!!!!!SPOILERS!!!!LEAVE!!!!SPOILERS!!!!YOU SHOULDN'T BE HERE ANYWAY!!!SPOILERS!!!!LEAVE!!!!
"The fact that most of the main characters in this book . . . are teenagers shouldn't deceive us into thinking this is a 'young adult novel'"(p.174), says S.T. Joshi in the Afterword of my copy. Don't believe it. The resolution here is far more heartfelt toward the non-supernatural elements, and, since our 1P protagonist is 14-years old, this means un-ghostly, close family and friend relationships, especially focusing on the father-son conflict that is almost inevitable in every family of the nuclear age. Authority. Respect. Loyalty. Acceptance. Confidence. Love. These are the bridges crossed in this short novel. The paranormal is the stickum that seals these plot paths together.
On a juvenile sneak-out, Mikey and his 2 friends—Will and Nick—start out smoking refer in the maintenance shack of the local graveyard, which Mickey's father is the groundskeeper. When Mikey—rather than trippin'—finds himself crying, he immediately premiers the main, emotional plot point: his father has been fired from teaching English over letting his students read his in-progress, racy manuscript, and Mr. Fitzsimmons has taken the only job he can find as a gravedigger. As the irony of this drips in or flows by, Mikey gets back in present time by suggesting a "fear-fest"(p.13) to his buddies.
Alice Arthur was a young girl who drowned recently and is now interred in the cemetery's mausoleum. Mysterious circumstances, surely, but the truth has been multi-coated with rumors and bizarre stories, naturally focusing on un-realities. Apparently, her unnatural, ghostly rising caused the death of the last graveyard caretaker, whose final words were:
So, it's dark night visitation hours. It goes about how you'd expect with three stoned boneheads looking to stir some adrenaline. But with the exception of Mikey, who takes her crumbling hand in his and makes a quick speech only a necrophiliac could love:
It doesn't take long to work up a resounding NO! to that wondering. Especially after some disappearing writing marks Mikey's pillow. After "sparkling eyes"(p.55) stalks him in the school library. After he gets to be a field mouse named Chi that's been stuffed in his sneaker; or, a junco named La flying around his dreams and ending dead on his pillow; or, while listening to The Who's Tommy, Alice visits him in his room and tosses a dead raccoon named Spratz on his bed; or, on the morning school bus, Mikey gets "the zoo version that seemed to explode all around me like some safari ride gone haywire"(p.96) with more dead animal hallucinations. Natch, he's gotta go back to the graveyard and straighten things out.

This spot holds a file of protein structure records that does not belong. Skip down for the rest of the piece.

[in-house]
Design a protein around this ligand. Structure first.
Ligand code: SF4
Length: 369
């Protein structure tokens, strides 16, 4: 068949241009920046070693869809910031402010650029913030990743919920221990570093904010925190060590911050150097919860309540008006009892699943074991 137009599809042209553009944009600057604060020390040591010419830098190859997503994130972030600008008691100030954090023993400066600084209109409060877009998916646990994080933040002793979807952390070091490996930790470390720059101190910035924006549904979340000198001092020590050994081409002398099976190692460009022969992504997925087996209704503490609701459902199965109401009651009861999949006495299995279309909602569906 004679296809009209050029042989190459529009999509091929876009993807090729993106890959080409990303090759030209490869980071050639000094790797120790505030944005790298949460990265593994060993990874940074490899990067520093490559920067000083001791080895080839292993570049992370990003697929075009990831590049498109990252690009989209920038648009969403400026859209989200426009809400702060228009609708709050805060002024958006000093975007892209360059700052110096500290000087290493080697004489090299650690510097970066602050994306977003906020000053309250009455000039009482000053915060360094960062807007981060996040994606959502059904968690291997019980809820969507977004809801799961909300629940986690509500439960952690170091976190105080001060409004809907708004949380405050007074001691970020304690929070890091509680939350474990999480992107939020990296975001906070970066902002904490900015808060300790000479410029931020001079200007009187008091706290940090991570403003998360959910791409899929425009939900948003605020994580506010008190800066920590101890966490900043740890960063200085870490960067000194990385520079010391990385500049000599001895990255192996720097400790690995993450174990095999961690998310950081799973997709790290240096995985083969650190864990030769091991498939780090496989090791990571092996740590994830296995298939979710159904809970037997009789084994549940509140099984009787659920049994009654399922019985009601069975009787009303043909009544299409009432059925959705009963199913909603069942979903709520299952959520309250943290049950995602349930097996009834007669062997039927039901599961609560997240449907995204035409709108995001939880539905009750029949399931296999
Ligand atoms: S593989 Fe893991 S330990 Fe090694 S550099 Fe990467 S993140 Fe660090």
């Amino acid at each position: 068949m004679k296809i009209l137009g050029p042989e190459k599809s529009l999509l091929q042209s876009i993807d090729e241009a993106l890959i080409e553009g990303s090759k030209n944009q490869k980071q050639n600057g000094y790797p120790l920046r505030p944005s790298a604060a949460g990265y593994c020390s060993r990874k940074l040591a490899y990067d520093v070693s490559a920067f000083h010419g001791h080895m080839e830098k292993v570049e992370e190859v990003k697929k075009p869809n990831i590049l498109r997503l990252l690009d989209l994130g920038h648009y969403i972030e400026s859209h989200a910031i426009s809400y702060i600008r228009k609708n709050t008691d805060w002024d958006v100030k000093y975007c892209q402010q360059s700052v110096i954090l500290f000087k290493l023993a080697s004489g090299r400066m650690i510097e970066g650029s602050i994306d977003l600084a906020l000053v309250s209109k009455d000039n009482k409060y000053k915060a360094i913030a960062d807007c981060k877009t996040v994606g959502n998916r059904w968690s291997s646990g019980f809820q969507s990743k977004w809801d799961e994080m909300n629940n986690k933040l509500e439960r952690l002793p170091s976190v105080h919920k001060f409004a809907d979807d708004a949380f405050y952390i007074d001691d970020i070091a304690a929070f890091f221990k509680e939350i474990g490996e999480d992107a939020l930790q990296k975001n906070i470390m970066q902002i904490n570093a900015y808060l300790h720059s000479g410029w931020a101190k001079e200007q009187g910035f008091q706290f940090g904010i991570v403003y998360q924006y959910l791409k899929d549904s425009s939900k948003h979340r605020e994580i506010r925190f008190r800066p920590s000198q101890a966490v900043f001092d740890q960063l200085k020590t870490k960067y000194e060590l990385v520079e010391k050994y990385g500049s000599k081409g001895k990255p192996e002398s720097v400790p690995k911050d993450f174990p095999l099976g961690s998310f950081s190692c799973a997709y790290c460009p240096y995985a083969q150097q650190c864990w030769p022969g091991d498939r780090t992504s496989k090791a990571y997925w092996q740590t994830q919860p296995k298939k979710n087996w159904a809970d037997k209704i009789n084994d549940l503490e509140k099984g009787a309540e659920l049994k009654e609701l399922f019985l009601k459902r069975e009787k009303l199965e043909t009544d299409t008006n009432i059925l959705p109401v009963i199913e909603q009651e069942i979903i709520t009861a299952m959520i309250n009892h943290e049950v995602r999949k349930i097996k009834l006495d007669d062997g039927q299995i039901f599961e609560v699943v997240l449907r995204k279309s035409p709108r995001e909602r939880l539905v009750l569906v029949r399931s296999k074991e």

It is YA all the way once you realize the main theme that squirts over this read like a giant tube of Clearasil. Abandonment. Alice—or the demon that's running her—basically just wants someone exclusive to herself to hang with. And—talk about solitude, alienation, and supressed anger—look at Mikey's world: Dad is non-communitive and nods off into his TV tray every night; Mom's into the chablis by noontime; his best buddies rightly boycott him for getting a boner over a bag of bones. Alice becomes his confidant, but her true voice seems strained through hemlock and mandrake root instead of genuine concern. There is no question Alice is a real ghost, just the purpose of her haunting. With Mikey, it's simplier: he wants to be recognized, he wants to be suckled, he wants to be consecrated by loved ones, but "a supernatural stalker was more important at the moment"(p.73). Unfortunately, by the end, the symbolic level of this novel ravels its fictional display: Alice reveals her all-consumtive intentions as a deadly smothering in mothering, and Dad drops in like Houdini at a seance and hands Alice her detention slip to save his son with his own sacrificial demise.
I have nothing against YA. I'd just like to know a book's signpost before I travel on it. And yeah, Young Adult ain't down my road. I enjoy coming-of-age, just not this didacticism that's selling sheep's clothing as sheepskin.(1) I mean, consider the father's role. He digs his own grave by egotistically foisting his Penthouse-Forum—ish MS on young minds. He cites all the right reasons, but nevertheless, he ends up atoning by saving his son with his own death. They're selfishly similar anyway, and now Mikey can really bond with his dead dad just by touching his finger.
This is not a bad read; just a disappointing one. I admire some of the writing Kimberly from goodreads.com quoted in her 5-star review. I search out the traditional ghost story as favored, but in this one, the plot seemed fishy in a number of places; too forced and therefore comprimised by its themes and chosen genre.
1) My fellow readers disagree. Or, at least, 12 of them do.